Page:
Stealing Away the Night

The Blueflowers

Stealing the Moon

Analog Terror Music

Review by Kent Manthie

Back in 2004 the husband and wife duo of guitarist Tony Hamera and singer Kate Hinote began their musical odyssey: the Detroit-based couple began back then, while Tony was working as an engineer and a session musician at local studios. Mrs. Hamera, aka Kate Hinote, an apt surname for a chanteuse with a fabulous voice, was an emerging singer just waiting to burst on the scene. The two first appeared together in a short-lived act called Ether Aura, a nice band name, to be sure. Kate showed her stuff in Ether Aura, making known her innate singing talent, while complementing her beloved Tony, on the guitar. Ether Aura, independently, released two albums between 2005-’07, a time during which they paid their dues, music-wise and got some experience.

Fast-forward to 2008 when the couple would take bigger steps and find some talent to fill in the gaps that, when filled, made up what is now The Blueflowers. The maiden voyage of The Blueflowers included drummer Marvin Shaouni, bassist Erica Stephens as well as acoustic guitarist David Johnson. Together, this lineup of The Blueflowers released their debut Watercolor Ghost Town in 2009. This album was a colorful collage that mixed so-called “alt.-country”, (think: Steve Earle, Wilco, Uncle Tupelo, etc.), gothic Americana, psychedelia as well as indie pop. In reviewing Watercolor Ghost Town, the Metro Detroit Times wrote: “Watercolor Ghost Town is a genuinely beautiful and touching piece of work, from the opening title track to the melancholy “Helpless and Hopeless” album closer. Hinote’s voice remains note perfect and goose bump-inducing throughout; the musicianship is finely executed and lovingly arranged.

In 2010, The Blueflowers’ lineup was changed a bit and before they released their sophomore effort, they took on new drummer, Jim Faulkner as well as keyboardist and backup singer Erin Williams. With this new lineup, The Blueflowers put out their follow-up to Watercolor Ghost Town, 2011’s In Line With the Broken-Hearted. Just like their debut, it was independently released and produced by guitarist/songwriter Tony Hamera. Also – In Line With the Broken-Hearted was named “Best Indie Release of 2011” by the aforementioned Metro Detroit Press.

Finally we come to the album at hand, Stealing the Moon, which came out last summer. Hamera has cited some classic influences such as Roy Orbison, The Zombies and The Walker Brothers, out of which the fabulous Scott Walker emerged and who continues to make hauntingly beautiful music today. Besides these older influences, Hamer also points out that he is inspired by Mazzy Star, Neko Case, as well as the legendary crooner, Nick Cave – in an interesting comparison he says: “Think Phil Spector meets David Lynch” – now a combination like is very enticing indeed, especially being big fans of both. Not everyone may know this, but Lynch isn’t just a genius, iconoclastic filmmaker, but he is also a songwriter and musician, himself, having, along with his film scorer, Angelo Badalamenti, written the lyrics (Badalamenti wrote the music) for the heavenly voiced Julee Cruise’s Into the Night, which features what was used as the theme for the amazing Twin Peaks TV show, which was unbelievably original and couldn’t have been done by anyone else (the only problem Twin Peaks suffered was, after the Laura Palmer murder was solved, in its very Lynchian way, the show kept going, but without the original plotline to follow, the show sort of went astray, which is what doomed it, not that it was too “hip” for TV audiences).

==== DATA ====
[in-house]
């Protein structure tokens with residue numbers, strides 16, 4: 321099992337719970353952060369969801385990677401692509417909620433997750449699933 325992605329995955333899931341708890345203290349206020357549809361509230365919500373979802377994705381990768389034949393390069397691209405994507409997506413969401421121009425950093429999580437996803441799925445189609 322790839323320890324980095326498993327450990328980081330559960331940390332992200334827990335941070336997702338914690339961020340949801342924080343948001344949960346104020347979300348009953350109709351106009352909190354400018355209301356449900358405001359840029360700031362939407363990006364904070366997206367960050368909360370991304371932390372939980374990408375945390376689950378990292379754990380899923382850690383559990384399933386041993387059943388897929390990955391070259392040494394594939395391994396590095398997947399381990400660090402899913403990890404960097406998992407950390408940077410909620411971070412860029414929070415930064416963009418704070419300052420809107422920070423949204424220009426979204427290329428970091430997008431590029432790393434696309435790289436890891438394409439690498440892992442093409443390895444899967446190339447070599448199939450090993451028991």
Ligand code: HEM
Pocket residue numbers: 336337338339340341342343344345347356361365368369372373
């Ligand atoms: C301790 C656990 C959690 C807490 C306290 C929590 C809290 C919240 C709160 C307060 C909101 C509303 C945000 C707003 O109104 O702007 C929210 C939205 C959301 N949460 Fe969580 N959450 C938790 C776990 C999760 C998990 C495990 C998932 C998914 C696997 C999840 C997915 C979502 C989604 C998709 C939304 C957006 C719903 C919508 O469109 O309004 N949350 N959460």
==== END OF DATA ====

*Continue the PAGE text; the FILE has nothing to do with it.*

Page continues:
Some songs I feel compelled to mention here include “Over You”, a plaintive, swinging, country-tinged song that feels like a Gothic Cathedral. Not unlike Mazzy Star, for sure; one of the best tunes on the album. Simple yet complex. “The Plan” has a Southwestern US-feel to it. This is one of the David Lynch moments: it could be used as a song during an important traveling sequence in a film or, as the song a band might be playing in a bar, in the background, while the characters interact. This has a slow, creeping, cold romantic quality to it. A surf guitar solos on top of a “Southern drawl” sound underneath. Kate Hinote definitely has a powerful voice and uses it well. There’s also the album opener, “My Gun”, a melancholy look back at what was a great relationship but has now run its course and its time for the principals to each get into their own light. Listening to these songs, I can easily see where the David Lynch notions come from. The music is very evocative of the picturesque. If you are fans of any of the above mentioned artists or bands, you will appreciate The Blueflowers for sure.

Since it’s been about a year now (I only received this CD a month or so ago, so, go figure…) since Stealing the Moon came out, I hope there is another CD in the offing by these guys. They would be best heard and seen at a medium-sized, dark, smoky but surreal club – maybe on the outskirts of town for added eeriness! At any rate – enjoy this fabulous album. -KM.Blueflowers stealing the moon coverBlueflowers band pic



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